For over 20 years, Susan has represented public companies and their officers and directors in a variety of litigation matters, including securities class actions, shareholder derivative suits and merger related litigation. She also routinely advises clients on electronic discovery best practices. She is a frequent speaker and author on the latest trends in securities litigation and class action practices and strategies in general. Susan is also the editor of the firm’s Annual Report on Securities Litigation.
Susan received her undergraduate degree, summa cum laude, from Vanderbilt University and her J.D. from Vanderbilt University School of Law, where she was the Baker-Worthington Scholarship recipient, on the Dean’s List, a member of the Moot Court Board, student articles editor for the Vanderbilt Law Review, and was elected to the Order of the Coif.
- Successful in achieving early dismissal or substantial limiting of claims on behalf of a variety of public company clients and corporate officers in securities fraud and derivative cases.
- Successful in defeating motions for expedited discovery and requests for injunctive relief in breach of fiduciary duty class actions regarding a proposed merger.
- Counsel of record in Stoneridge Investment Partners LLC v. Scientific-Atlanta, Inc. and Motorola, Inc., before the U.S. District Court, Eighth Circuit Court of Appeals, and the U.S. Supreme Court. In what has been called the most important securities case in a generation, the Supreme Court affirmed in Stoneridge the prior decision of the Eighth Circuit Court of Appeals, holding that so-called “scheme liability” claims under Section 10(b) of the Securities Exchange Act of 1934 were properly dismissed with prejudice. See 522 U.S. 148 (2008). Specifically, the Court held that the implied right of action previously recognized under Section 10(b) does not reach non-speaking defendants where the investors at issue could not and did not rely on any statements or representations made by those defendants in their stock purchase or sale decisions.
- Successfully opposed class certification motions on behalf of companies and their officers and directors in putative securities class actions. See, e.g., Richard Beach v. Healthways, Inc. et al., Case No. 3:08-0569 (M.D. Tenn. Oct. 5, 2009); In re HealthSouth Securities Litigation, 213 F.R.D. 447 (N.D. Ala. 2003).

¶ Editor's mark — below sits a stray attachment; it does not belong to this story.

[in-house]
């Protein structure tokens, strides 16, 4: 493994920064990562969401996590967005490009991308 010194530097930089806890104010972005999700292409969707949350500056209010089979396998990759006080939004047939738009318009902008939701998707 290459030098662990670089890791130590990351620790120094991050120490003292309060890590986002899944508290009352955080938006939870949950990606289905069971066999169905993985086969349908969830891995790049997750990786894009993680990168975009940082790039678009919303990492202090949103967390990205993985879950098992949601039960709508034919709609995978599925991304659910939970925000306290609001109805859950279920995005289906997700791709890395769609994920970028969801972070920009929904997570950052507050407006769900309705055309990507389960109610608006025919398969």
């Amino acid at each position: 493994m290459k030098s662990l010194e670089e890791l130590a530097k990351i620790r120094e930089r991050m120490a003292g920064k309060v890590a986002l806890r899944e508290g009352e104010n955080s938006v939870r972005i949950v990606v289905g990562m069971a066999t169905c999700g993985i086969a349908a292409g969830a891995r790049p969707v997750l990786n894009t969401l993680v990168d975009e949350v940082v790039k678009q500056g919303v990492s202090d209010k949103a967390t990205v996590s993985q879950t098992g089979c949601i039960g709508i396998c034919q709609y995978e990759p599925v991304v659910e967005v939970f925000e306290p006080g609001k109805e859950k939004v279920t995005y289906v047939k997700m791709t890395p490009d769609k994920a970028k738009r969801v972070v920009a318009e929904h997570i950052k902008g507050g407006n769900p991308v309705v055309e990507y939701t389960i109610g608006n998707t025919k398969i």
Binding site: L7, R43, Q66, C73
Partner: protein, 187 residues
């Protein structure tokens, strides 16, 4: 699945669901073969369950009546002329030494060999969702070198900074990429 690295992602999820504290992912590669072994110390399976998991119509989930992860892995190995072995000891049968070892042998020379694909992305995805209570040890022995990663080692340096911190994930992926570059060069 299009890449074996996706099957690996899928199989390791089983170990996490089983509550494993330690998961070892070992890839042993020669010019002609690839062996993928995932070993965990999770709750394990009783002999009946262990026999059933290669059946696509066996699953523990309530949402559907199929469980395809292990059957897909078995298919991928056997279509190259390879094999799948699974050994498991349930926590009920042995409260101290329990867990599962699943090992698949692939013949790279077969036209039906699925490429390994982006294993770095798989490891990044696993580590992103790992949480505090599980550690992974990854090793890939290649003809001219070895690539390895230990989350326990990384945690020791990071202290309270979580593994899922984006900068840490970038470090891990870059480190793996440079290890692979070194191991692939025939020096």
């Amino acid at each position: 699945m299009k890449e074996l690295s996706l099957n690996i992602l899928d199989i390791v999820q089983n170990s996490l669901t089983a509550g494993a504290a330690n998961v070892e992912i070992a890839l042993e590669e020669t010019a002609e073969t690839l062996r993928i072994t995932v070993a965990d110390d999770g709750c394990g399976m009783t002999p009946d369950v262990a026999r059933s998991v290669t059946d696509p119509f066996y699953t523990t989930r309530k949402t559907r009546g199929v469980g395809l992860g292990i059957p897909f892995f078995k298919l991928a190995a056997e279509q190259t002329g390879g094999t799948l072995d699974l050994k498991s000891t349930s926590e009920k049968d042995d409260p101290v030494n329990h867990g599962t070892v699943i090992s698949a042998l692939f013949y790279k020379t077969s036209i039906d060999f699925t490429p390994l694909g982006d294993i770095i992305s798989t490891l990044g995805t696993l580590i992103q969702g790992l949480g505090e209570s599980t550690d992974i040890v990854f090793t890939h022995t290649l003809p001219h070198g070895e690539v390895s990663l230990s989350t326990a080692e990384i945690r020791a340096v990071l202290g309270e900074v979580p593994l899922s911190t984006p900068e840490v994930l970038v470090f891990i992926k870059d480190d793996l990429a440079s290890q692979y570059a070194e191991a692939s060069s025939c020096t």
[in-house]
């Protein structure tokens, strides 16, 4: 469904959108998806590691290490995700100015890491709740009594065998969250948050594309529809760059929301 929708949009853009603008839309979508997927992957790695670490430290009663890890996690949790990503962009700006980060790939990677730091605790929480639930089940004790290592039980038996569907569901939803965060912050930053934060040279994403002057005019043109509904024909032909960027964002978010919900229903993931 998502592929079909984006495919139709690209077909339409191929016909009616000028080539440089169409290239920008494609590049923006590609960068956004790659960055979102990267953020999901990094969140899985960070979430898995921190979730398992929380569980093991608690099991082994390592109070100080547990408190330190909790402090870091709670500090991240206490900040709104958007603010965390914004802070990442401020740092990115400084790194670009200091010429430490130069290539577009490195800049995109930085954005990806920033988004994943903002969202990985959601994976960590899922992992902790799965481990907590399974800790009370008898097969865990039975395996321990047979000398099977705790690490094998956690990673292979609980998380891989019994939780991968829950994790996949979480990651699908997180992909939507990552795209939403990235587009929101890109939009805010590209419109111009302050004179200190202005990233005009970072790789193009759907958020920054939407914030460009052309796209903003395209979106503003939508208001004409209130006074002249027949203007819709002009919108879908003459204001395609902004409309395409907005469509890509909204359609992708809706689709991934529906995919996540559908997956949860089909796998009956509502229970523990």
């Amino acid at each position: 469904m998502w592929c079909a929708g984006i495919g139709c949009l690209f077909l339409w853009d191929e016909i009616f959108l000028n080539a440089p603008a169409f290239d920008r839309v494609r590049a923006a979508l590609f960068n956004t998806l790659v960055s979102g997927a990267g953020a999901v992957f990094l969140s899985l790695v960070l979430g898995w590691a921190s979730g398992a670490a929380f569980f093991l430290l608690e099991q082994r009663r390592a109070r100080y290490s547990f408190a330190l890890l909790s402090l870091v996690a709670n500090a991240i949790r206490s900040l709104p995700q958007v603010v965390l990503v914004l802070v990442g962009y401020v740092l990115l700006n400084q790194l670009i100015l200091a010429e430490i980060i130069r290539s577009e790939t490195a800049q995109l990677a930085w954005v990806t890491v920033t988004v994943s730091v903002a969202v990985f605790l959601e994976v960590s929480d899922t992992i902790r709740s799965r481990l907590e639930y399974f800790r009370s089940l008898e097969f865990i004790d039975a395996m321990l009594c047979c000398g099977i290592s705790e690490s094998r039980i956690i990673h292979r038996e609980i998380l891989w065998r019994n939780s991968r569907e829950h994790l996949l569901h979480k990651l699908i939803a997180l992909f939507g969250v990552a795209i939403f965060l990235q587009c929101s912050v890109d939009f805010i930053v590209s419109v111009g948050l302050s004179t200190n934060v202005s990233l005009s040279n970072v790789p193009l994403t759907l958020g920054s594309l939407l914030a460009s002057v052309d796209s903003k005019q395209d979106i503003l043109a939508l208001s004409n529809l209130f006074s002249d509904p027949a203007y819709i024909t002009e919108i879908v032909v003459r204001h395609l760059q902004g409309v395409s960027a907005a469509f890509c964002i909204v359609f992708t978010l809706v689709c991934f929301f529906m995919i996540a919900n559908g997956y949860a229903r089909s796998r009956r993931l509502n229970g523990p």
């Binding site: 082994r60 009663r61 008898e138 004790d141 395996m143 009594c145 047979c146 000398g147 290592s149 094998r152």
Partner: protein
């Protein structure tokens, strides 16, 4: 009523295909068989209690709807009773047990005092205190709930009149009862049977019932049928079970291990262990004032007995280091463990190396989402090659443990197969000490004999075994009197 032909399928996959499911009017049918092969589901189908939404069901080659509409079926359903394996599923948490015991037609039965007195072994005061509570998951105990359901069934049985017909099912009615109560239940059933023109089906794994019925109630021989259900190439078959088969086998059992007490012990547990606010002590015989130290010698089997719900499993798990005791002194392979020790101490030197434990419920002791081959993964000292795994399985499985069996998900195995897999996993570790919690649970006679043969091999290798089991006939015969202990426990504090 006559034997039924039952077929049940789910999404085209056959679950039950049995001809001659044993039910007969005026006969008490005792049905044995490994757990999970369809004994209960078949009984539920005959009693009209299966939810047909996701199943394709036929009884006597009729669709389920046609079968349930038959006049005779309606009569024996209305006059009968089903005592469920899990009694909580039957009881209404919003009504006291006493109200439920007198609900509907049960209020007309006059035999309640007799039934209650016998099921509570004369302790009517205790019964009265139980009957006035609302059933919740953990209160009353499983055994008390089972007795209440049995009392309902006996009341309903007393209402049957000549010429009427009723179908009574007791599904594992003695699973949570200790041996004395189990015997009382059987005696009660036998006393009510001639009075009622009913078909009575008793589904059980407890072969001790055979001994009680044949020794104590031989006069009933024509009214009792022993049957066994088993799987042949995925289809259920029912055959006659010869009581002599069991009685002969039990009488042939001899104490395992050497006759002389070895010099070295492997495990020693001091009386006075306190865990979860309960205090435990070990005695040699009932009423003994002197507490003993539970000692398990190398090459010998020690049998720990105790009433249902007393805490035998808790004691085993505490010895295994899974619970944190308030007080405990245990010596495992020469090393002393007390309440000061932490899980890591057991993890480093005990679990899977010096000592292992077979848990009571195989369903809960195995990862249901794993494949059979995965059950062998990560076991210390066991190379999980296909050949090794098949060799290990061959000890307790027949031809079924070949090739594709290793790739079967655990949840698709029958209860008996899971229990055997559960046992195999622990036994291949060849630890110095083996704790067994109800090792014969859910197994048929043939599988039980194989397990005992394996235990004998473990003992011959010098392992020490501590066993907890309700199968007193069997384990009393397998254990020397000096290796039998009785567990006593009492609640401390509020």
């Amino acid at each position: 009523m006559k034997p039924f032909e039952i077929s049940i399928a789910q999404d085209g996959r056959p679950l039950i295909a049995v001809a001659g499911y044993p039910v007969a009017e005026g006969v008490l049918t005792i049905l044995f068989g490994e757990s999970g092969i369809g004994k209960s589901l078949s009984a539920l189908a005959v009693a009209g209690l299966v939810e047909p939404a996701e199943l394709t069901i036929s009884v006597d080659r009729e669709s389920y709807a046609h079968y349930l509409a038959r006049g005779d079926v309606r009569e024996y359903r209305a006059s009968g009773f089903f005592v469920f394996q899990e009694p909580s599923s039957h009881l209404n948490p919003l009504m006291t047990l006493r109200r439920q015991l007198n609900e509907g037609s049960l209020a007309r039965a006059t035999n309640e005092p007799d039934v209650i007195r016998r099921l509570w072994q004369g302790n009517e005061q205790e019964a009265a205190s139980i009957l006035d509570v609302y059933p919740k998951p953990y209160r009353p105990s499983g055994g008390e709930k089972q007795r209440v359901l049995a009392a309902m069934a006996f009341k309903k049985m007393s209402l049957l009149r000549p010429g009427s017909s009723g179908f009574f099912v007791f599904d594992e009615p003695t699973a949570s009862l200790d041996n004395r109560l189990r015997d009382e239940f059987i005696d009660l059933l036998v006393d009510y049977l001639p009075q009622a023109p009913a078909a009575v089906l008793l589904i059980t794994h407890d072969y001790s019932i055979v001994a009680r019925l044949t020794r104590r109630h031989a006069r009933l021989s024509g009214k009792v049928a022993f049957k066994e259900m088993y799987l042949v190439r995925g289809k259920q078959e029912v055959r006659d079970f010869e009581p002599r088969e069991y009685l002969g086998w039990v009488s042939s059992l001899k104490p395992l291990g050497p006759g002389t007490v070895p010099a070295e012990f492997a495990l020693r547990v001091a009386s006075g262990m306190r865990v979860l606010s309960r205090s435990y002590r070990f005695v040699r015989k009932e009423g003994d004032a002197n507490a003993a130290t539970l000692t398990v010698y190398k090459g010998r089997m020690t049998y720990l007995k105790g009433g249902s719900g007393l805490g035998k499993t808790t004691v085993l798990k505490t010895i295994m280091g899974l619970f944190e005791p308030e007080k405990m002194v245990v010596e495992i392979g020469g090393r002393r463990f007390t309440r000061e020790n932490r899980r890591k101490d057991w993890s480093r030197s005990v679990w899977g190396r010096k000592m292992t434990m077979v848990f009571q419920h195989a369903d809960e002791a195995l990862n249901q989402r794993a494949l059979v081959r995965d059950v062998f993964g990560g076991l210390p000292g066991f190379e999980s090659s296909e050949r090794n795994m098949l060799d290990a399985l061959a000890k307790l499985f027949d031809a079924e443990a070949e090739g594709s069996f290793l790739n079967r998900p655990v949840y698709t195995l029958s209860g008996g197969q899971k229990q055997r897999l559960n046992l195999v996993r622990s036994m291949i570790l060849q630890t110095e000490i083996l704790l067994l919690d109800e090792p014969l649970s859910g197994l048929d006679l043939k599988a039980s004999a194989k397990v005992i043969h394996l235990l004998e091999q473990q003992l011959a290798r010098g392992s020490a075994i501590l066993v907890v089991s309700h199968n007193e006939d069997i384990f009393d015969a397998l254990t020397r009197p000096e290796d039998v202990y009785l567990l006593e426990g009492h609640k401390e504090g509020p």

Over the past 30 years, the U.S. Supreme Court has issued a series of opinions which make abundantly clear the court’s view that a district court must engage in a “rigorous” analysis of whether the “predominance” requirement for class certification can be satisfied.
August 20, 2013
On February 27, 2013, the United States Supreme Court issued its opinion in Amgen Inc. v. Connecticut Retirement Plans & Trust Funds, 133 S. Ct. 1184 (2013).1 The Court affirmed the Ninth Circuit's conclusion that a plaintiff need not prove the materiality of the alleged misstatements in a securities class action to certify a class of inves-tors.2 The Court likewise ruled that rebuttal evidence from the defendants demonstrating a lack of materiality need not be considered at class certification3 The plaintiffs' bar was quick to hail this decision as a victory for their side, but a closer examination of the opinion reveals that the issue decided by the Court was a narrow one and reflets an argument that is seldom made by the defendants in opposition to class certification. Accordingly, it remains to be seen whether this decision will have a meaningful impact on how class certification issues ae litigated in the vast majority of securities cases.
June 13, 2013
This advisory discusses the Supreme Court’s narrow ruling in Amgen Inc. v. Connecticut Retirement Plans & Trust Funds. The Court affirmed the Ninth Circuit’s conclusion that a plaintiff need not prove the materiality of the alleged misstatements in a securities class action to certify a class of investors. The Court likewise ruled that rebuttal evidence from the defendants demonstrating a lack of materiality need not be considered at class certification. The plaintiffs’ bar was quick to hail this decision as a victory for their side, but a closer examination of the opinion reveals that the issue decided by the Court was a narrow one and reflects an argument that is seldom made by the defendants in opposition to class certification. Accordingly, it remains to be seen whether this decision will have a meaningful impact on how class certification issues are litigated in the vast majority of securities cases.
March 1, 2013
This advisory discusses how, on June 11, 2012, the Supreme Court agreed to hear an appeal that will present the Court with the opportunity to revisit the fraud-on-the-market theory outlined in Basic Inc. v. Levinson. In Connecticut Retirement Plans and Trust Funds v. Amgen Inc., the District Court and the Court of Appeals both held that (1) a class of investors could be certified based on a narrow reading of the requirements for invoking the fraud-on-the-market theory and (2) the issue of whether the presumption of reliance may be rebutted by defendants will not be considered at class certification. Class certification is generally viewed as a critical juncture in the life of a securities case and the inability to obtain class certification often ends the case. With the Amgen appeal, the Supreme Court will be asked to rule on two important issues that could make it harder for securities cases to be certified.
June 28, 2012
July 6, 2011
- Admitted to practice in Georgia